It is the first process in the world to manufacture cement entirely from food waste. The researchers claim that the tensile or flexural strength of their product is almost four times that of ordinary concrete.
Machida and Sakai say they hope to help reduce global warming, by alleviating problems with food waste that emits methane as it rots when buried in landfills.
Sakai, an associate professor of industrial sciences, developed the technology while researching sustainable materials that could replace cement-based concrete. Cement production accounts for 8% of global carbon dioxide emissions, according to think tank Chatham House.
He first developed a way to make concrete by subjecting pulverized wood particles to thermal compression. The three-step process of drying, pulverizing and compressing was done using simple mixers and compressors that the researchers say can be purchased on Amazon.
Sakai, along with his student Machida, decided to do the same with food scraps. Previous trials using food scraps to make cement required mixing plastics to make the materials stick together.
After months of failures, they realized they could make the cement bond by adjusting the temperature and pressure used.
“The hardest part was that each type of food waste requires different temperatures and pressure levels,” Sakai said.
Other experiments in the use of food waste in construction have mainly focused on the use of materials such as coffee grounds or bio-waste ash as a filler in ordinary concrete,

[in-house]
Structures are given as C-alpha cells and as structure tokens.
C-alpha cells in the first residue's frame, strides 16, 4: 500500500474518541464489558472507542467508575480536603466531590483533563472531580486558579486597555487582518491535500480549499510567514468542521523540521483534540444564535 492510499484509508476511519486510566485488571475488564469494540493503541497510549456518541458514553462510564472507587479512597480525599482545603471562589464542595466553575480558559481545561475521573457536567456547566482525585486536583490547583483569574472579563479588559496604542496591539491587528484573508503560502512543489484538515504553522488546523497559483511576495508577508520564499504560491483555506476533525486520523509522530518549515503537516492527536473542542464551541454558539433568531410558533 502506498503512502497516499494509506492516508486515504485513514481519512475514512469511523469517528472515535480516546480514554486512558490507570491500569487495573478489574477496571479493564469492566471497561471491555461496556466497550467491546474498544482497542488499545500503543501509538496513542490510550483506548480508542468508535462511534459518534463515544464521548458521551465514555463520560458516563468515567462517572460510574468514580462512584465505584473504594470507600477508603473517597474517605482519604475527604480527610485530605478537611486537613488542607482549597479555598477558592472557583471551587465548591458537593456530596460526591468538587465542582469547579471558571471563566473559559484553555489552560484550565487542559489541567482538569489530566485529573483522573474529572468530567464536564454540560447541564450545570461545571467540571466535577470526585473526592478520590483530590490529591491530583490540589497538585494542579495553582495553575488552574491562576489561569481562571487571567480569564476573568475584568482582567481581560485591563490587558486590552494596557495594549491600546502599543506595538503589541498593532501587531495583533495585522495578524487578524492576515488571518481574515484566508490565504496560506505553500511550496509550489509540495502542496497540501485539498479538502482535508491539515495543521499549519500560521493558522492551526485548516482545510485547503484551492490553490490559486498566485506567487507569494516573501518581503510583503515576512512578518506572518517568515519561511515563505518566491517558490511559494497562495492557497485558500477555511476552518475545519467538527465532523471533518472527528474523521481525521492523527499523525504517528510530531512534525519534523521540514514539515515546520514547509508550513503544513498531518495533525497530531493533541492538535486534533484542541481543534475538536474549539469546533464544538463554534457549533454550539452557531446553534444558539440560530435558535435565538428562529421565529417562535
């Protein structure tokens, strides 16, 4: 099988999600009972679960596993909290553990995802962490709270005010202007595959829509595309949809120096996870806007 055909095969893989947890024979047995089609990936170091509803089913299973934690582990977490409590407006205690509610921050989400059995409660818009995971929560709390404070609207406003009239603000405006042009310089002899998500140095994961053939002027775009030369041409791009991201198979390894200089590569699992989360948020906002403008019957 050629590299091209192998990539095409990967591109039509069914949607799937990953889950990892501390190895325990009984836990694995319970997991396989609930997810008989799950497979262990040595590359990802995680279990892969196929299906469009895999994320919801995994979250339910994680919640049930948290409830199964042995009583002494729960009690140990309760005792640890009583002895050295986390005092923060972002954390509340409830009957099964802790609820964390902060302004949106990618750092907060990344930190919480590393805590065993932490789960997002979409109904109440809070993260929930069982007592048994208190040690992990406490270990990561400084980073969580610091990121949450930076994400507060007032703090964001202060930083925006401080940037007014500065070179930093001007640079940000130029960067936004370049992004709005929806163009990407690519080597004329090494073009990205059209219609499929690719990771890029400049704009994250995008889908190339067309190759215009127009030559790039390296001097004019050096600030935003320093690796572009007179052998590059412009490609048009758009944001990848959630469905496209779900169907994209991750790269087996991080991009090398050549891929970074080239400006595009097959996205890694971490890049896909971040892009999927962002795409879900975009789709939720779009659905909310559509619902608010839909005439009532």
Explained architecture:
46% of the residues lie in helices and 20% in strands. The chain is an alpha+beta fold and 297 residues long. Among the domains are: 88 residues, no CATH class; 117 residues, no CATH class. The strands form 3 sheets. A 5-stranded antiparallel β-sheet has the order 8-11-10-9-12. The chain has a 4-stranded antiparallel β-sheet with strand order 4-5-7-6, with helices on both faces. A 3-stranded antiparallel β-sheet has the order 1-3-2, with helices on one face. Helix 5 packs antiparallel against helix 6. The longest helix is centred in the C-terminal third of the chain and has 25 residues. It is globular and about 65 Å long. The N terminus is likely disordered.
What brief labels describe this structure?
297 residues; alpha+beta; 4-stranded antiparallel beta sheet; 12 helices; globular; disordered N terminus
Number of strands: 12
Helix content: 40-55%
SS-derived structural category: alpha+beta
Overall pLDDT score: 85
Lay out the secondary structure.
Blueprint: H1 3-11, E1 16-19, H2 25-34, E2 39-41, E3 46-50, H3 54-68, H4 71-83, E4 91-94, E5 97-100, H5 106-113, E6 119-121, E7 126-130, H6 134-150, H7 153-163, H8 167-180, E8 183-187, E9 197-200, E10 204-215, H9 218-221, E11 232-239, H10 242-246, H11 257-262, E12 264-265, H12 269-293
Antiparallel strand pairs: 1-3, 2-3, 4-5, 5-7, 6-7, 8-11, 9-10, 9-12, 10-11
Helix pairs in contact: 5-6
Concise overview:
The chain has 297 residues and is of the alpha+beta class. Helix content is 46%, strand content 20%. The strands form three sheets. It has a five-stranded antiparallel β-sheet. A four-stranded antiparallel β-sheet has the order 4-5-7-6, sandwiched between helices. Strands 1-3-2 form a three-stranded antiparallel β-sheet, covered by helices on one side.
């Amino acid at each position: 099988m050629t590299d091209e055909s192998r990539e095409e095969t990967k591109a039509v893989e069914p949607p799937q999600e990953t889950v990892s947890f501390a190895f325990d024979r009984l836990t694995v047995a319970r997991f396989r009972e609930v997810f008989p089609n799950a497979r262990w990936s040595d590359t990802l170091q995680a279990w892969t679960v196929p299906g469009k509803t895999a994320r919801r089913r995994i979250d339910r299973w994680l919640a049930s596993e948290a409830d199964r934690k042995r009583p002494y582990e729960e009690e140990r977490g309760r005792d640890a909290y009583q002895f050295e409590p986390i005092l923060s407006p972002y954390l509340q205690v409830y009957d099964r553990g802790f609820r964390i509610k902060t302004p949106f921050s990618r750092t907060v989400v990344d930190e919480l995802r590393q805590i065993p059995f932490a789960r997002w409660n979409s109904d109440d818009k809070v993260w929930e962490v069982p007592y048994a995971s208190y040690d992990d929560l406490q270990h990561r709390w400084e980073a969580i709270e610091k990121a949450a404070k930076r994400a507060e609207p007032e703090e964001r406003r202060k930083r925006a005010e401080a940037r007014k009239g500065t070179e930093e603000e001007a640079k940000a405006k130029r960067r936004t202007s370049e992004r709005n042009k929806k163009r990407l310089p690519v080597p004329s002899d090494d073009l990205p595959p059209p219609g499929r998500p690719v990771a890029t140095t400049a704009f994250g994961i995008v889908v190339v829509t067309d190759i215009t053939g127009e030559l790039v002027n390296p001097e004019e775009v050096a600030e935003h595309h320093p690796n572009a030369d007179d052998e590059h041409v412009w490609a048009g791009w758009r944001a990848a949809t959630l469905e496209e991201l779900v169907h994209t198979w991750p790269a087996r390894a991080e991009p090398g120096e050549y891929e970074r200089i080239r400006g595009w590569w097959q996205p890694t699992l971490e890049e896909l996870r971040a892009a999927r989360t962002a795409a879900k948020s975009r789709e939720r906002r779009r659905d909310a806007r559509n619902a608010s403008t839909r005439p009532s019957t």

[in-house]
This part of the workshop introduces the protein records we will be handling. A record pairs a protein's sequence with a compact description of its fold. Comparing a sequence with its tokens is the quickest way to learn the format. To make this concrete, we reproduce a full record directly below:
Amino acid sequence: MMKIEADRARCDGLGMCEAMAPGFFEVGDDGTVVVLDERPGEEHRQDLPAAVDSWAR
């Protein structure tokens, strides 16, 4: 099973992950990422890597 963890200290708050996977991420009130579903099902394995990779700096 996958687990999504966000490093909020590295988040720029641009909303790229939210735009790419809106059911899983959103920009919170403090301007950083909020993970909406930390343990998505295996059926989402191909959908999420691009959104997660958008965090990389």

Sakai and Machida say they have successfully made cement using tea leaves, orange and onion peels, coffee grounds, Chinese cabbage and even leftover lunch boxes.
They tweaked the flavors with different spices and discovered that the colors, smell and taste of cement can be very appealing. To be able to eat the material, a person would have to break it into pieces and boil it, Sakai said.
To make the cement waterproof and protect it from rodents and other pests, it can be coated with Japanese lacquer.
Food waste is a huge problem in Japan and around the world. Japan produced around 5.7 million tonnes of edible food waste in 2019 and the government aims to reduce this figure to around 2.7 million tonnes by 2030.
Machida started a company called Fabula inc. last year with two of his childhood friends. They work with other companies to make food cement cups, cutlery and furniture.
Sakai says the process could be used to make edible makeshift housing in the event of a disaster.
“For example, if food can’t be delivered to evacuees, they could eat makeshift beds made of food cement,” he said.
Food cement is reusable and biodegradable, so it can be buried when no longer needed.
“Our ultimate hope is that this cement will replace plastic and cement products, which have worse environmental impacts,” Machida said.